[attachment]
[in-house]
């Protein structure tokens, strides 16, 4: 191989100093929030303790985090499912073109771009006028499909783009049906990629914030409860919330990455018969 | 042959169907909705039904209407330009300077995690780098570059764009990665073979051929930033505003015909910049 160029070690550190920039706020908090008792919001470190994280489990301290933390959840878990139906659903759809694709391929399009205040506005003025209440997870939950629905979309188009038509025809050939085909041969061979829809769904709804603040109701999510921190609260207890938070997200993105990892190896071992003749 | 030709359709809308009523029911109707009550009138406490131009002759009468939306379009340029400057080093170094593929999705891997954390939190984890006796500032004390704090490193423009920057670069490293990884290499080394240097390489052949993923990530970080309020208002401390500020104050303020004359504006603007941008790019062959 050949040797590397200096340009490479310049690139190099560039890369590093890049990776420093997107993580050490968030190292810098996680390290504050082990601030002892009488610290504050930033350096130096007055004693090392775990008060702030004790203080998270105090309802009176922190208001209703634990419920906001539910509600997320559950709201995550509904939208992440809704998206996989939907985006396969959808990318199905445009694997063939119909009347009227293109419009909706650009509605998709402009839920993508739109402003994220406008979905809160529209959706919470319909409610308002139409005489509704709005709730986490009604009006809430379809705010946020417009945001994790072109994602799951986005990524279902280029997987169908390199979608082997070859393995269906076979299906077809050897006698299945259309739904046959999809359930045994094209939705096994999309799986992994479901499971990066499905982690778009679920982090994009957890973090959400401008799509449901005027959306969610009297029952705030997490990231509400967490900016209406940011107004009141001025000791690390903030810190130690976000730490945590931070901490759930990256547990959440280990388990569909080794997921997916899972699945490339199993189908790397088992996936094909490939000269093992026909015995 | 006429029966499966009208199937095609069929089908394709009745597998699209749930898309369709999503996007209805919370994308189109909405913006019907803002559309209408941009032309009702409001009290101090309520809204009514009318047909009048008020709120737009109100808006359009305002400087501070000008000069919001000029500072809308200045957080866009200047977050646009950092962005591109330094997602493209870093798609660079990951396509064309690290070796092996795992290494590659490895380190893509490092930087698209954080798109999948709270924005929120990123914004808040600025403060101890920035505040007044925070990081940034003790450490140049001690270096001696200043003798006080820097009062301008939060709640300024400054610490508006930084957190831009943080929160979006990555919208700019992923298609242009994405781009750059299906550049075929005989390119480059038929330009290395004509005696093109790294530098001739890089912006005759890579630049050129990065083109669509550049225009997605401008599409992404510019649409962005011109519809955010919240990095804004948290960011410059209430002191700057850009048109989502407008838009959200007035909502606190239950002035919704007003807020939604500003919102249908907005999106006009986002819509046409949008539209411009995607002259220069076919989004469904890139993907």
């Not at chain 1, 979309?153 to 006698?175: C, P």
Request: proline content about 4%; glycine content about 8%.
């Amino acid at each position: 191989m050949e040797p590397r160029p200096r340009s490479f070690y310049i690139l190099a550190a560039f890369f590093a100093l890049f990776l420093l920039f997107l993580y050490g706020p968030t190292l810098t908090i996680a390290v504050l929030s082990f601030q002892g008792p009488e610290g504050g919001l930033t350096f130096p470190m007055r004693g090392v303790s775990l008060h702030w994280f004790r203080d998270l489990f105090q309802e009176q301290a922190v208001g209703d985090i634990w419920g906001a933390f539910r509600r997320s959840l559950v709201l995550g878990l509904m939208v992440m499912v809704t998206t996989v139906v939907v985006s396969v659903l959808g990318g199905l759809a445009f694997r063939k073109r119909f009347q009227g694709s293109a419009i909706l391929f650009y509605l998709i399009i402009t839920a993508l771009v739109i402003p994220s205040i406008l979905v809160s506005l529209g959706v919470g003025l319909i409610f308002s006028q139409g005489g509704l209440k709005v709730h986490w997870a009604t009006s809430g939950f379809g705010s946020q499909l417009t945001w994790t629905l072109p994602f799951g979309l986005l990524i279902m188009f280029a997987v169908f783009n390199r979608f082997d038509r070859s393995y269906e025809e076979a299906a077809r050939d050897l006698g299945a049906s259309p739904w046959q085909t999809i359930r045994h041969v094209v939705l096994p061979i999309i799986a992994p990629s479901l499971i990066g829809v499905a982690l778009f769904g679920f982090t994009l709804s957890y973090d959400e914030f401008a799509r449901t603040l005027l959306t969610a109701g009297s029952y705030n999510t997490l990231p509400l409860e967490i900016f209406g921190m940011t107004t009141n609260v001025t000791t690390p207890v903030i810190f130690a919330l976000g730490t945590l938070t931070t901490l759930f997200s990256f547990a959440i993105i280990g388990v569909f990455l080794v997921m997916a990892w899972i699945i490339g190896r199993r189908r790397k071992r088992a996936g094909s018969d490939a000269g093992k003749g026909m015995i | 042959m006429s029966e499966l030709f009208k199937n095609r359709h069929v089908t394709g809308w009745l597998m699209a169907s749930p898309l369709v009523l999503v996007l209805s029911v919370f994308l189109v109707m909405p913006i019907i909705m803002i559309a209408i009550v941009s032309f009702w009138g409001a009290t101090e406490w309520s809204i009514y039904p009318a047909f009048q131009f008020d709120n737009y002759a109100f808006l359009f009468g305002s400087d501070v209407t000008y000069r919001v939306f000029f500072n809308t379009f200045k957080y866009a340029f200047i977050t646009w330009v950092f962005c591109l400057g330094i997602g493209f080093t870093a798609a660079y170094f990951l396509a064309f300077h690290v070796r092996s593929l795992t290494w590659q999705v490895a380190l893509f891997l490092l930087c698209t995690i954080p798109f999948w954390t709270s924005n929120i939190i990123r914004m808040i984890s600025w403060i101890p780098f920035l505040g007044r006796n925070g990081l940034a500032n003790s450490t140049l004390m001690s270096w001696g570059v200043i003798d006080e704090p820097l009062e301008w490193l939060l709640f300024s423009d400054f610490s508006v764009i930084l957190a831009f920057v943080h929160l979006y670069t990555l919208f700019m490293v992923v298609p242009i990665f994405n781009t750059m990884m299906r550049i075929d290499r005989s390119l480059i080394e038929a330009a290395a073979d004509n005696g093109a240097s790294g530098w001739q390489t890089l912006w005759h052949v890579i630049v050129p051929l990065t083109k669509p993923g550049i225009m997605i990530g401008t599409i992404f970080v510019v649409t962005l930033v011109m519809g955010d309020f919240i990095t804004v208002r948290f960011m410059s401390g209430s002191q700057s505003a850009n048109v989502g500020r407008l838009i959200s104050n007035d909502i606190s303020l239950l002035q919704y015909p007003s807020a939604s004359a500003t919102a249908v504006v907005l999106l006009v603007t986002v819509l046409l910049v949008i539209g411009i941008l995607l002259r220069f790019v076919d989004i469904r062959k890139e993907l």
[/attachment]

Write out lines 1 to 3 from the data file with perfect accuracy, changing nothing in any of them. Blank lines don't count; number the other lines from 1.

[in-house]
């Protein structure tokens, strides 16, 4: 191989100093929030303790985090499912073109771009006028499909783009049906990629914030409860919330990455018969 | 042959169907909705039904209407330009300077995690780098570059764009990665073979051929930033505003015909910049 160029070690550190920039706020908090008792919001470190994280489990301290933390959840878990139906659903759809694709391929399009205040506005003025209440997870939950629905979309188009038509025809050939085909041969061979829809769904709804603040109701999510921190609260207890938070997200993105990892190896071992003749 | 030709359709809308009523029911109707009550009138406490131009002759009468939306379009340029400057080093170094593929999705891997954390939190984890006796500032004390704090490193423009920057670069490293990884290499080394240097390489052949993923990530970080309020208002401390500020104050303020004359504006603007941008790019062959 050949040797590397200096340009490479310049690139190099560039890369590093890049990776420093997107993580050490968030190292810098996680390290504050082990601030002892009488610290504050930033350096130096007055004693090392775990008060702030004790203080998270105090309802009176922190208001209703634990419920906001539910509600997320559950709201995550509904939208992440809704998206996989939907985006396969959808990318199905445009694997063939119909009347009227293109419009909706650009509605998709402009839920993508739109402003994220406008979905809160529209959706919470319909409610308002139409005489509704709005709730986490009604009006809430379809705010946020417009945001994790072109994602799951986005990524279902280029997987169908390199979608082997070859393995269906076979299906077809050897006698299945259309739904046959999809359930045994094209939705096994999309799986992994479901499971990066499905982690778009679920982090994009957890973090959400401008799509449901005027959306969610009297029952705030997490990231509400967490900016209406940011107004009141001025000791690390903030810190130690976000730490945590931070901490759930990256547990959440280990388990569909080794997921997916899972699945490339199993189908790397088992996936094909490939000269093992026909015995 | 006429029966499966009208199937095609069929089908394709009745597998699209749930898309369709999503996007209805919370994308189109909405913006019907803002559309209408941009032309009702409001009290101090309520809204009514009318047909009048008020709120737009109100808006359009305002400087501070000008000069919001000029500072809308200045957080866009200047977050646009950092962005591109330094997602493209870093798609660079990951396509064309690290070796092996795992290494590659490895380190893509490092930087698209954080798109999948709270924005929120990123914004808040600025403060101890920035505040007044925070990081940034003790450490140049001690270096001696200043003798006080820097009062301008939060709640300024400054610490508006930084957190831009943080929160979006990555919208700019992923298609242009994405781009750059299906550049075929005989390119480059038929330009290395004509005696093109790294530098001739890089912006005759890579630049050129990065083109669509550049225009997605401008599409992404510019649409962005011109519809955010919240990095804004948290960011410059209430002191700057850009048109989502407008838009959200007035909502606190239950002035919704007003807020939604500003919102249908907005999106006009986002819509046409949008539209411009995607002259220069076919989004469904890139993907």
């Not at chain 1, 979309?153 to 006698?175: C, P």